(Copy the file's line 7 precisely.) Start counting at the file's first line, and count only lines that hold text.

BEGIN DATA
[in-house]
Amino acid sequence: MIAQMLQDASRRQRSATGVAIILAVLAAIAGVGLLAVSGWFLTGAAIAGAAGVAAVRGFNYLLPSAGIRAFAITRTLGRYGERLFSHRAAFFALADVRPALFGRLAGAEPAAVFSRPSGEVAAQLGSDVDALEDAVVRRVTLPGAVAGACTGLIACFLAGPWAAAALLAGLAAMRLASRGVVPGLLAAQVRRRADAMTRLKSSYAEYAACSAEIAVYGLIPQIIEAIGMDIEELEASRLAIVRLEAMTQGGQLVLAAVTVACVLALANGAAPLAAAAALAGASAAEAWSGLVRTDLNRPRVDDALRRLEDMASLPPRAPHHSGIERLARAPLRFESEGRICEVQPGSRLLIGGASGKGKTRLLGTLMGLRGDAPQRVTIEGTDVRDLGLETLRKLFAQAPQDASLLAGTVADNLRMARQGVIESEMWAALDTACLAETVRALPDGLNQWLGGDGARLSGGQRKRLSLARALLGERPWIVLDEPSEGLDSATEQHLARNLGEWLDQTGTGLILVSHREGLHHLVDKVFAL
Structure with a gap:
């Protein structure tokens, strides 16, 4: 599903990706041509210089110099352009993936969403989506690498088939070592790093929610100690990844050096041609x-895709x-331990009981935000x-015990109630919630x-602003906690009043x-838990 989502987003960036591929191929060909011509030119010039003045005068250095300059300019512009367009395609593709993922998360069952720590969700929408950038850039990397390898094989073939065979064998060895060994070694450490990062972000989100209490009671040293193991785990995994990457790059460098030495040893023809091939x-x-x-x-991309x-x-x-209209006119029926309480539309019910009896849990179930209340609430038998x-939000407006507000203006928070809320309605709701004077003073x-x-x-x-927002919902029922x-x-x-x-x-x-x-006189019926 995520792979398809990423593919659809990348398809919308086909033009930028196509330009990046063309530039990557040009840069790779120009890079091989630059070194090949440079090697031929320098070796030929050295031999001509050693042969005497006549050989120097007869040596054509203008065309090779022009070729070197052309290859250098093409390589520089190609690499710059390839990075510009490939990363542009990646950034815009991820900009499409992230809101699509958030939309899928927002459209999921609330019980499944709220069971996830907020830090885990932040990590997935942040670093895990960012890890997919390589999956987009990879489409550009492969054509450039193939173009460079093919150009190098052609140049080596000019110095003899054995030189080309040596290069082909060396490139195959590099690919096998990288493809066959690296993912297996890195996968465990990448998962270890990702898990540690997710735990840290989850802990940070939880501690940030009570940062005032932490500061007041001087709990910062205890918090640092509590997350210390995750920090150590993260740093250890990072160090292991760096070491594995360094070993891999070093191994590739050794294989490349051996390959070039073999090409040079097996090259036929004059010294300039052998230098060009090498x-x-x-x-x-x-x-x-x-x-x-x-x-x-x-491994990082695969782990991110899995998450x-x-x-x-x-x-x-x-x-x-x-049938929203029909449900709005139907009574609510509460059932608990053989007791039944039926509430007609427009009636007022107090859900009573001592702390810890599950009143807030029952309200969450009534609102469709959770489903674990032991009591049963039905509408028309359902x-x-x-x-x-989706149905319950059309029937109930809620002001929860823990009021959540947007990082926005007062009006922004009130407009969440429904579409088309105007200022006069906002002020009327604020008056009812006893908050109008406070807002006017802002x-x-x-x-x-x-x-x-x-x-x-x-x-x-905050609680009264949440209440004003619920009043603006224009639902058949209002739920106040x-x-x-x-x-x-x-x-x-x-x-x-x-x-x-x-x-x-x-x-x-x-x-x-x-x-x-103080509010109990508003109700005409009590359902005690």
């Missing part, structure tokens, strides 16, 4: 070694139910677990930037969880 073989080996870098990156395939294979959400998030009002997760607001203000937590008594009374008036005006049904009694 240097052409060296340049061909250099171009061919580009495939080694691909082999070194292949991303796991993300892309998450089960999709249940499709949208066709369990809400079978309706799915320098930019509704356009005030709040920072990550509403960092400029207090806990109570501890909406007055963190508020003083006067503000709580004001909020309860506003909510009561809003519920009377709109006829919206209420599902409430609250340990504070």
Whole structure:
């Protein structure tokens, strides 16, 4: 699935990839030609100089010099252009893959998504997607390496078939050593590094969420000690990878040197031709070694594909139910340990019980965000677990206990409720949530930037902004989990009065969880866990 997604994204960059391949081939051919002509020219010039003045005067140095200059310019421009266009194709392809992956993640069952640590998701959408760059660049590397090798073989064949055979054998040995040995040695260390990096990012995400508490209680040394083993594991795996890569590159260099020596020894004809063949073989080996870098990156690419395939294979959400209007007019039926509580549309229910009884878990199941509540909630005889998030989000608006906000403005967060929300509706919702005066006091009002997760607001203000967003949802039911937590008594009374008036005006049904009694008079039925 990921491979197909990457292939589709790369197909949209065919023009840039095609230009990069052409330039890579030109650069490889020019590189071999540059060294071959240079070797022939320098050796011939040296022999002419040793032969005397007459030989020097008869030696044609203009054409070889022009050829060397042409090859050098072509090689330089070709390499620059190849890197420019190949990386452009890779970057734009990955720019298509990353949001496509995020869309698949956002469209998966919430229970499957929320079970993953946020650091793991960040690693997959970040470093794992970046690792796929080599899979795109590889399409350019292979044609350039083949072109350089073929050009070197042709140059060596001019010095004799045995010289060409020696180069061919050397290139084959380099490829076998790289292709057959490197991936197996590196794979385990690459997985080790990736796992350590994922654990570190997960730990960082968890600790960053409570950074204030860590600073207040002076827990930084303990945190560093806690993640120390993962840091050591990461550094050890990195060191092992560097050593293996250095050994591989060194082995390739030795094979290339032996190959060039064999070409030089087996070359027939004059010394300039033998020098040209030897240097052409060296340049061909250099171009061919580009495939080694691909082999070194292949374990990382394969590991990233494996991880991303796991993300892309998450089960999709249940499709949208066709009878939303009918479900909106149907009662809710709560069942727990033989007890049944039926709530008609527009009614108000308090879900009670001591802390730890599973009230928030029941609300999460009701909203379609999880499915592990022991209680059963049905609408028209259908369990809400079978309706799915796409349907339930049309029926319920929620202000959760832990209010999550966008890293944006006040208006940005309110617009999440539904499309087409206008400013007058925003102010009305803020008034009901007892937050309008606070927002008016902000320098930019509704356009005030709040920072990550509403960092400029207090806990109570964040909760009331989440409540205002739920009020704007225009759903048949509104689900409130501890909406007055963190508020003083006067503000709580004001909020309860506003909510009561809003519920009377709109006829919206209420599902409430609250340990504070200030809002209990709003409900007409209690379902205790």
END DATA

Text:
């Protein structure tokens, strides 16, 4: 699935990839030609100089010099252009893959998504997607390496078939050593590094969420000690990878040197031709070694594909139910340990019980965000677990206990409720949530930037902004989990009065969880866990 997604994204960059391949081939051919002509020219010039003045005067140095200059310019421009266009194709392809992956993640069952640590998701959408760059660049590397090798073989064949055979054998040995040995040695260390990096990012995400508490209680040394083993594991795996890569590159260099020596020894004809063949073989080996870098990156690419395939294979959400209007007019039926509580549309229910009884878990199941509540909630005889998030989000608006906000403005967060929300509706919702005066006091009002997760607001203000967003949802039911937590008594009374008036005006049904009694008079039925 990921491979197909990457292939589709790369197909949209065919023009840039095609230009990069052409330039890579030109650069490889020019590189071999540059060294071959240079070797022939320098050796011939040296022999002419040793032969005397007459030989020097008869030696044609203009054409070889022009050829060397042409090859050098072509090689330089070709390499620059190849890197420019190949990386452009890779970057734009990955720019298509990353949001496509995020869309698949956002469209998966919430229970499957929320079970993953946020650091793991960040690693997959970040470093794992970046690792796929080599899979795109590889399409350019292979044609350039083949072109350089073929050009070197042709140059060596001019010095004799045995010289060409020696180069061919050397290139084959380099490829076998790289292709057959490197991936197996590196794979385990690459997985080790990736796992350590994922654990570190997960730990960082968890600790960053409570950074204030860590600073207040002076827990930084303990945190560093806690993640120390993962840091050591990461550094050890990195060191092992560097050593293996250095050994591989060194082995390739030795094979290339032996190959060039064999070409030089087996070359027939004059010394300039033998020098040209030897240097052409060296340049061909250099171009061919580009495939080694691909082999070194292949374990990382394969590991990233494996991880991303796991993300892309998450089960999709249940499709949208066709009878939303009918479900909106149907009662809710709560069942727990033989007890049944039926709530008609527009009614108000308090879900009670001591802390730890599973009230928030029941609300999460009701909203379609999880499915592990022991209680059963049905609408028209259908369990809400079978309706799915796409349907339930049309029926319920929620202000959760832990209010999550966008890293944006006040208006940005309110617009999440539904499309087409206008400013007058925003102010009305803020008034009901007892937050309008606070927002008016902000320098930019509704356009005030709040920072990550509403960092400029207090806990109570964040909760009331989440409540205002739920009020704007225009759903048949509104689900409130501890909406007055963190508020003083006067503000709580004001909020309860506003909510009561809003519920009377709109006829919206209420599902409430609250340990504070200030809002209990709003409900007409209690379902205790």